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Toxicol Sci. 2002 Oct;69(2):409-23.

Differential toxicogenomic responses to 2,3,7,8-tetrachlorodibenzo-p-dioxin in malignant and nonmalignant human airway epithelial cells.

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National Institute of Environmental Health Sciences, Rall Building 101, 111 Alexander Drive, Research Triangle Park, NC 27709, USA.


In humans, exposure to high levels of 2,3,7,8-tetrachlorodibenzo-p-dioxin (TCDD) is associated with chronic obstructive pulmonary disease and lung cancer. While several studies have shown that the lung is a target organ for TCDD toxicity, little is known on the specific biological pathways altered by TCDD. Studies have shown that the transcriptional response of TCDD (in vivo and in vitro) is complex, and exhibits cell type and tissue specificity. Thus, the purpose of this study was to look at global and concentration-dependent effects of TCDD on gene expression in human lung cells. Gene expression profiling of both a nontumorigenic (HPL1A) and a malignant, tumorigenic lung cell line (A549) was performed by microarray dual fluorescence hybridizations in cells treated with increasing concentrations of TCDD (0, 0.1, 1, 10 nM) for 24 h. Real time RT-PCR was used to verify alterations in specific genes. Results showed that 68 out of 2091 genes were changed in each cell line, and 15 of those genes were found altered in both cell lines. Common gene responses altered by TCDD were identified and included known xenobiotic metabolizing genes, genes known to alter cell cycle, as well as genes that are involved with cell signaling and that mediate cell motility or communication. Cell line specific differences in gene expression were found that indicate the nonmalignant HPL1A cells are retinoic acid responsive. In addition, TCDD altered specific immunomodulatory genes in the HPL1A cells. These data show that TCDD alters multiple integrated networks of signaling pathways associated with pulmonary disease, particularly that of lung cancer.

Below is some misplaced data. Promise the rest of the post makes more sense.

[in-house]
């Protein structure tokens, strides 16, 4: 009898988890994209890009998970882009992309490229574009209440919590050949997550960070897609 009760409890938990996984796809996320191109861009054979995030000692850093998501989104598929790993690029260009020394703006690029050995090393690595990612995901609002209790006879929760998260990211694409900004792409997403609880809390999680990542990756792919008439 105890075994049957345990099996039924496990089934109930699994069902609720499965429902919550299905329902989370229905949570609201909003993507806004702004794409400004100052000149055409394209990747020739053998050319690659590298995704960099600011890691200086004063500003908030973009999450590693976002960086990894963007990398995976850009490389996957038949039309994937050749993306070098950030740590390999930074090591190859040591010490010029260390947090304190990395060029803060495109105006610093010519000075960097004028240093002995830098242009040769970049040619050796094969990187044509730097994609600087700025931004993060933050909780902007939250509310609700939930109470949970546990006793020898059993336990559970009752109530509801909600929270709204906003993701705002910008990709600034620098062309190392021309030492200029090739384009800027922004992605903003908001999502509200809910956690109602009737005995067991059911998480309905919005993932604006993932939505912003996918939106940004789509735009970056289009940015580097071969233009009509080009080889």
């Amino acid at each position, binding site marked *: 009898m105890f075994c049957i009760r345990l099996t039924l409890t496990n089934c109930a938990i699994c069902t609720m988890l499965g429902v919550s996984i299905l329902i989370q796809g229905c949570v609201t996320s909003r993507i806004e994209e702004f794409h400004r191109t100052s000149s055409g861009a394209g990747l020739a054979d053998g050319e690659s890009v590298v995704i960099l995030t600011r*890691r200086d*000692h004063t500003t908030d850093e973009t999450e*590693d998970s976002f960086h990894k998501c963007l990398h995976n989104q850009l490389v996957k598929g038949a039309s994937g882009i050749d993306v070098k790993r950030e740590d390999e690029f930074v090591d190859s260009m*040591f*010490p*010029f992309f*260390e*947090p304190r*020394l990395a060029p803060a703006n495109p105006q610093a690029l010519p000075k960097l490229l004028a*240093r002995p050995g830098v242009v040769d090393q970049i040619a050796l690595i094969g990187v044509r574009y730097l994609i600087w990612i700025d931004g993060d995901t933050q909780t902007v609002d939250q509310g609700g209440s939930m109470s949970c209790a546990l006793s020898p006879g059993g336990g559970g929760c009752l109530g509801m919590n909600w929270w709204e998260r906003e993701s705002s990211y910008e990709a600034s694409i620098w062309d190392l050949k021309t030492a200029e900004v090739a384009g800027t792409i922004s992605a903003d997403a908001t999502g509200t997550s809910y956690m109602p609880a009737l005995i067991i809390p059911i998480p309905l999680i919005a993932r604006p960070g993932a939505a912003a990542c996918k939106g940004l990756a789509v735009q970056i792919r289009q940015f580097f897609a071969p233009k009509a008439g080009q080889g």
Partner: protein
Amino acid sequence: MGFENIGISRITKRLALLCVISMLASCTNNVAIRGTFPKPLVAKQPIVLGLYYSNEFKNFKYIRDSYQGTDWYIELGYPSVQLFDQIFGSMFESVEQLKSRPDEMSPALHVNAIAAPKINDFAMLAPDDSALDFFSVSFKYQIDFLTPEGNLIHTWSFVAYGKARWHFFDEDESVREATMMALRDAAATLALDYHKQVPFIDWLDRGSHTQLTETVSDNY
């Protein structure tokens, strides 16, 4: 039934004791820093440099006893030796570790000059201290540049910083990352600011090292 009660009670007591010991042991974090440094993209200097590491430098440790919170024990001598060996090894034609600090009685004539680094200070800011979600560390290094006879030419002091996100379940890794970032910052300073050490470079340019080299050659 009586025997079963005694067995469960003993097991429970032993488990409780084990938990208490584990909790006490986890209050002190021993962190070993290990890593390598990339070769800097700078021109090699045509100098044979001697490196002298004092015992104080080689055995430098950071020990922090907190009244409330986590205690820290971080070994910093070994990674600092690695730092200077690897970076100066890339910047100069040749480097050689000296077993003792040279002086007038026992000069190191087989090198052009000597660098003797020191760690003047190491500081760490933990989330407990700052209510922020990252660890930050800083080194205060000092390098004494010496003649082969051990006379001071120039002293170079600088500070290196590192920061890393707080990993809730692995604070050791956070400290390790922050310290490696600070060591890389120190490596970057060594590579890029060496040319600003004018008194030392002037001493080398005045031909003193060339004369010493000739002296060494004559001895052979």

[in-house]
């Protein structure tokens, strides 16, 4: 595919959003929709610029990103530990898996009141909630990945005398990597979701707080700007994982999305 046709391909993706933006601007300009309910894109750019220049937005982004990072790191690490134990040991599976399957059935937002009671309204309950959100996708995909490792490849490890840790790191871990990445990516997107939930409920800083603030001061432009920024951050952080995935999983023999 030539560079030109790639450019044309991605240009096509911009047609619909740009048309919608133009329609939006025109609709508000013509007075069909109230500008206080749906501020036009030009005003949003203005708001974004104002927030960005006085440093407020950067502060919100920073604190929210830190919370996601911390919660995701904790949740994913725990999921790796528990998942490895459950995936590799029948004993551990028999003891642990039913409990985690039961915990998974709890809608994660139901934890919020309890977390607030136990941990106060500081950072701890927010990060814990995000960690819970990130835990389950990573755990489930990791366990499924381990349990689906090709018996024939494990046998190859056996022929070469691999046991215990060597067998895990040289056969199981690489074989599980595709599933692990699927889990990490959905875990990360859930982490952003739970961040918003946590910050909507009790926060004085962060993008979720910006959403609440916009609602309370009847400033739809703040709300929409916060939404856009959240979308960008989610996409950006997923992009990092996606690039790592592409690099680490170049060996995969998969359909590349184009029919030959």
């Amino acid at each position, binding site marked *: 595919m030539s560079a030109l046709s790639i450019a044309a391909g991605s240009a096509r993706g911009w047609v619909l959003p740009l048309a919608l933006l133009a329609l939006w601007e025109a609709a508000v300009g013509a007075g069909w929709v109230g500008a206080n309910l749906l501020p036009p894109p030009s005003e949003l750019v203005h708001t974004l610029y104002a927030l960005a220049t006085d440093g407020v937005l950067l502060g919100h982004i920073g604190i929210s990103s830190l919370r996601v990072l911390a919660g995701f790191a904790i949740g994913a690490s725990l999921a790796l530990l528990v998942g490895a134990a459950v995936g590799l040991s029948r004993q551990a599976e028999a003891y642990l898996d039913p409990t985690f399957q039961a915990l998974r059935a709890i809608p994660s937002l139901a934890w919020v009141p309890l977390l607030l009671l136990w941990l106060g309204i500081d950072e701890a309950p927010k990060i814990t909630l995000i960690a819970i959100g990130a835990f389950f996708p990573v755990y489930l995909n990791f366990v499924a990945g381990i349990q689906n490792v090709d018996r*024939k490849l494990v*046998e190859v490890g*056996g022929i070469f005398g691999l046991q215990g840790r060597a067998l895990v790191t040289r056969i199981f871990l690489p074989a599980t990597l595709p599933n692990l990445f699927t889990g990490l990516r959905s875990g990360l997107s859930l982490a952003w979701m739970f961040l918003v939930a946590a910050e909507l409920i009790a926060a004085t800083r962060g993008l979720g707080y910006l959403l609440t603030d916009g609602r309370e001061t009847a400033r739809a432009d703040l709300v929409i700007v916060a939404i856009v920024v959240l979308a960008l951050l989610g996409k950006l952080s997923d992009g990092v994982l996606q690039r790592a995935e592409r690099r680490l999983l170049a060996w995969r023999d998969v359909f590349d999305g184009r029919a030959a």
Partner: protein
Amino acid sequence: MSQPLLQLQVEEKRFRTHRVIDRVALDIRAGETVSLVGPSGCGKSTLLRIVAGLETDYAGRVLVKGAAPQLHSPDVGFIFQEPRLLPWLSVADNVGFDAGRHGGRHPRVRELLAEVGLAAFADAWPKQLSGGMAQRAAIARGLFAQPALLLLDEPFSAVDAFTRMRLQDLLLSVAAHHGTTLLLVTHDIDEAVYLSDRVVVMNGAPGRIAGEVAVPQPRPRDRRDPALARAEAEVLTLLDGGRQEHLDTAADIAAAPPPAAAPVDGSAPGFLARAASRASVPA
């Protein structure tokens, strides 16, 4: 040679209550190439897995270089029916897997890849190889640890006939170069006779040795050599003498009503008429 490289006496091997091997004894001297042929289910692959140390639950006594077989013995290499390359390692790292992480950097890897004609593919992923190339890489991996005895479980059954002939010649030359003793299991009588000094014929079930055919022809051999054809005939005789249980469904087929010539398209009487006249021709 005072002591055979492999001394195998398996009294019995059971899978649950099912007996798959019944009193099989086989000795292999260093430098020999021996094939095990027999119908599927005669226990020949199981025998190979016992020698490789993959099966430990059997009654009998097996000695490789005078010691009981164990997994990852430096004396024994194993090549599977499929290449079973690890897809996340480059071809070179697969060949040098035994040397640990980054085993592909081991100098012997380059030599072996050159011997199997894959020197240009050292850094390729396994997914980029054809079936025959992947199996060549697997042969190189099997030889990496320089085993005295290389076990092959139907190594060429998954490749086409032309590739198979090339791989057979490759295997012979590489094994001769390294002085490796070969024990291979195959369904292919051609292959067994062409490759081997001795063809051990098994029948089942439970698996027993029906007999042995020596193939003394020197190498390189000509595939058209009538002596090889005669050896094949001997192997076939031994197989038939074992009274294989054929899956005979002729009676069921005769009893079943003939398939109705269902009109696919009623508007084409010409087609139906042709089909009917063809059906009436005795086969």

[Indexed for MEDLINE]

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